Honestly, I’m not sure any exist. Paranoia has a new edition. Ghostbusters was so rules-light and is easy to do with Fate Accelerated, anything else would needlessly complicate it. Top Secret has a new edition forthcoming. Star Frontiers is freely and legally available online and the old system works well enough for my taste. Old editions of D&D are either available in scanned form from D&D Classics or Retro-Clone form from various publishers (plus many of the core books were printed in such vast quantities they’re readily available from second-hand retailers). Metamorphosis Alpha has been reprinted. In fact, with digital scanning technology and PDF distribution, I can only think of one “dead game” I would play or run that isn’t available fairly easily: Buck Rogers XXVc. As I currently own a copy, I can run it anytime I like. If I didn’t own a copy, Rocket Age does a damn good job of capturing the same feel; creating a Buck Rogers conversion would be fairly trivial.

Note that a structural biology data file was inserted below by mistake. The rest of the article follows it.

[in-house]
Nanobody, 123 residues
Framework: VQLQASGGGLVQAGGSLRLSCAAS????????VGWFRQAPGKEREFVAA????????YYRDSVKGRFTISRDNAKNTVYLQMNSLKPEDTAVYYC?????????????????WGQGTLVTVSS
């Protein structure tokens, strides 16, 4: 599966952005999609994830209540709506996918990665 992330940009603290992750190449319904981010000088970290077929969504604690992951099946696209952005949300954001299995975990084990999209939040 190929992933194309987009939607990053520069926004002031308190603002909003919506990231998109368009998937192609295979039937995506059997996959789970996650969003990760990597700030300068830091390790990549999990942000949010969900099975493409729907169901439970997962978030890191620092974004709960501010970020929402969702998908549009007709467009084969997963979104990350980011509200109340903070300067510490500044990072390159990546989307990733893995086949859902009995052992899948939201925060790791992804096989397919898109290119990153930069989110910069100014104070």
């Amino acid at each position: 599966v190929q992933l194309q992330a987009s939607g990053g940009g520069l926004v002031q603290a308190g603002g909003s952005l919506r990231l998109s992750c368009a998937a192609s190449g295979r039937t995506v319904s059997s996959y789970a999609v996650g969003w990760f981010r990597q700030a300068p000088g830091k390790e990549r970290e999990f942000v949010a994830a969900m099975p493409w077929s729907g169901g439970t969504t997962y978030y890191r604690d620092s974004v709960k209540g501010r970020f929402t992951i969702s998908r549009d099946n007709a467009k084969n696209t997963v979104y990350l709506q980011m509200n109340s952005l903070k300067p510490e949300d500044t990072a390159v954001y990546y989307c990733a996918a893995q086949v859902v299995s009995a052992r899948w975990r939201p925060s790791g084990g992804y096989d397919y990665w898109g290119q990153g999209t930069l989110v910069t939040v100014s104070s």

By and large, I’m not convinced every game needs to be updated with modern rules. Some games run just fine the way they are. I have never enjoyed a modern version of Paranoia as much as 2nd edition, for example. The rules are already simple, so a lot of changes feel, to me, like they’re change for the sake of change and they over-complicate something that just doesn’t need those rules (the players aren’t technically allowed to know the rules anyway, so what’s the point?). If it ain’t broke, don’t fix it.